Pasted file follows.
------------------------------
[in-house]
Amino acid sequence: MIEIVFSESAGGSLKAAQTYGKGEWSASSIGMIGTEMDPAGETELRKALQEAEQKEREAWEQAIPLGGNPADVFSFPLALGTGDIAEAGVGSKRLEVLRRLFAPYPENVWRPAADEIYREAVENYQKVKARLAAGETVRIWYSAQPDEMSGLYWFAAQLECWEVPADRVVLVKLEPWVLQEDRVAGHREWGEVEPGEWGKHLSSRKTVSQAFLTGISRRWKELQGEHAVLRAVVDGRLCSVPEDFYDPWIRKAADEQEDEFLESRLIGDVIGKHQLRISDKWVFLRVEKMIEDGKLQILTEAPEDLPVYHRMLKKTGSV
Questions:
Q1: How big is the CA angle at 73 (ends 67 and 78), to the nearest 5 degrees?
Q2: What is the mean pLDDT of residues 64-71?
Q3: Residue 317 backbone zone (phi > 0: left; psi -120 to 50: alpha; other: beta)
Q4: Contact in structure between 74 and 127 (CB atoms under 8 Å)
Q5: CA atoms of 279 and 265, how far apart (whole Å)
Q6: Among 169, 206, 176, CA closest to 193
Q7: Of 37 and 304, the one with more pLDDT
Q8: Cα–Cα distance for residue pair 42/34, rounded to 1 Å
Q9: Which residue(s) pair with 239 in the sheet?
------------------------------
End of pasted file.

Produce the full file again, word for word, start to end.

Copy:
[in-house]
Amino acid sequence: MIEIVFSESAGGSLKAAQTYGKGEWSASSIGMIGTEMDPAGETELRKALQEAEQKEREAWEQAIPLGGNPADVFSFPLALGTGDIAEAGVGSKRLEVLRRLFAPYPENVWRPAADEIYREAVENYQKVKARLAAGETVRIWYSAQPDEMSGLYWFAAQLECWEVPADRVVLVKLEPWVLQEDRVAGHREWGEVEPGEWGKHLSSRKTVSQAFLTGISRRWKELQGEHAVLRAVVDGRLCSVPEDFYDPWIRKAADEQEDEFLESRLIGDVIGKHQLRISDKWVFLRVEKMIEDGKLQILTEAPEDLPVYHRMLKKTGSV
Questions:
Q1: How big is the CA angle at 73 (ends 67 and 78), to the nearest 5 degrees?
Q2: What is the mean pLDDT of residues 64-71?
Q3: Residue 317 backbone zone (phi > 0: left; psi -120 to 50: alpha; other: beta)
Q4: Contact in structure between 74 and 127 (CB atoms under 8 Å)
Q5: CA atoms of 279 and 265, how far apart (whole Å)
Q6: Among 169, 206, 176, CA closest to 193
Q7: Of 37 and 304, the one with more pLDDT
Q8: Cα–Cα distance for residue pair 42/34, rounded to 1 Å
Q9: Which residue(s) pair with 239 in the sheet?